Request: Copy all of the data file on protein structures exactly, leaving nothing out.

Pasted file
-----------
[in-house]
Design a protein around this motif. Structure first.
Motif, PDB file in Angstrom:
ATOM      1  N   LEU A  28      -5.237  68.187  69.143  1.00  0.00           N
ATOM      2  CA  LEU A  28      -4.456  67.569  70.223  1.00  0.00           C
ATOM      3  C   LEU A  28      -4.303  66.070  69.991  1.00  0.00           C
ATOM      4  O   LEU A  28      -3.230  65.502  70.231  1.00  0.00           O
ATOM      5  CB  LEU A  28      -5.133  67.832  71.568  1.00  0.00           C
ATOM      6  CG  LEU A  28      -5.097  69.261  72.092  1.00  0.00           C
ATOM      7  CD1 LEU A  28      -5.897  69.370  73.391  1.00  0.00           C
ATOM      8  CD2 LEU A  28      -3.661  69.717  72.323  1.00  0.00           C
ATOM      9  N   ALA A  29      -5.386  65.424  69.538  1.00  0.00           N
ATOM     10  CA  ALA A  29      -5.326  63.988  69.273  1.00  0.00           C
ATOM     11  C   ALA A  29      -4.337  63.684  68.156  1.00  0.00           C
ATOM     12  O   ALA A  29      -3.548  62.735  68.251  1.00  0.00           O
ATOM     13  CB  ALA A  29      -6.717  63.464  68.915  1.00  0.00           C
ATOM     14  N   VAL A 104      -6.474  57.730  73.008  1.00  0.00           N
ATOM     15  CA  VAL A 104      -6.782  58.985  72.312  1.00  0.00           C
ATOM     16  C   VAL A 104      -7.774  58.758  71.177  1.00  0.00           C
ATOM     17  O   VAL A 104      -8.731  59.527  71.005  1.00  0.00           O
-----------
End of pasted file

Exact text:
[in-house]
Design a protein around this motif. Structure first.
Motif, PDB file in Angstrom:
ATOM      1  N   LEU A  28      -5.237  68.187  69.143  1.00  0.00           N
ATOM      2  CA  LEU A  28      -4.456  67.569  70.223  1.00  0.00           C
ATOM      3  C   LEU A  28      -4.303  66.070  69.991  1.00  0.00           C
ATOM      4  O   LEU A  28      -3.230  65.502  70.231  1.00  0.00           O
ATOM      5  CB  LEU A  28      -5.133  67.832  71.568  1.00  0.00           C
ATOM      6  CG  LEU A  28      -5.097  69.261  72.092  1.00  0.00           C
ATOM      7  CD1 LEU A  28      -5.897  69.370  73.391  1.00  0.00           C
ATOM      8  CD2 LEU A  28      -3.661  69.717  72.323  1.00  0.00           C
ATOM      9  N   ALA A  29      -5.386  65.424  69.538  1.00  0.00           N
ATOM     10  CA  ALA A  29      -5.326  63.988  69.273  1.00  0.00           C
ATOM     11  C   ALA A  29      -4.337  63.684  68.156  1.00  0.00           C
ATOM     12  O   ALA A  29      -3.548  62.735  68.251  1.00  0.00           O
ATOM     13  CB  ALA A  29      -6.717  63.464  68.915  1.00  0.00           C
ATOM     14  N   VAL A 104      -6.474  57.730  73.008  1.00  0.00           N
ATOM     15  CA  VAL A 104      -6.782  58.985  72.312  1.00  0.00           C
ATOM     16  C   VAL A 104      -7.774  58.758  71.177  1.00  0.00           C
ATOM     17  O   VAL A 104      -8.731  59.527  71.005  1.00  0.00           O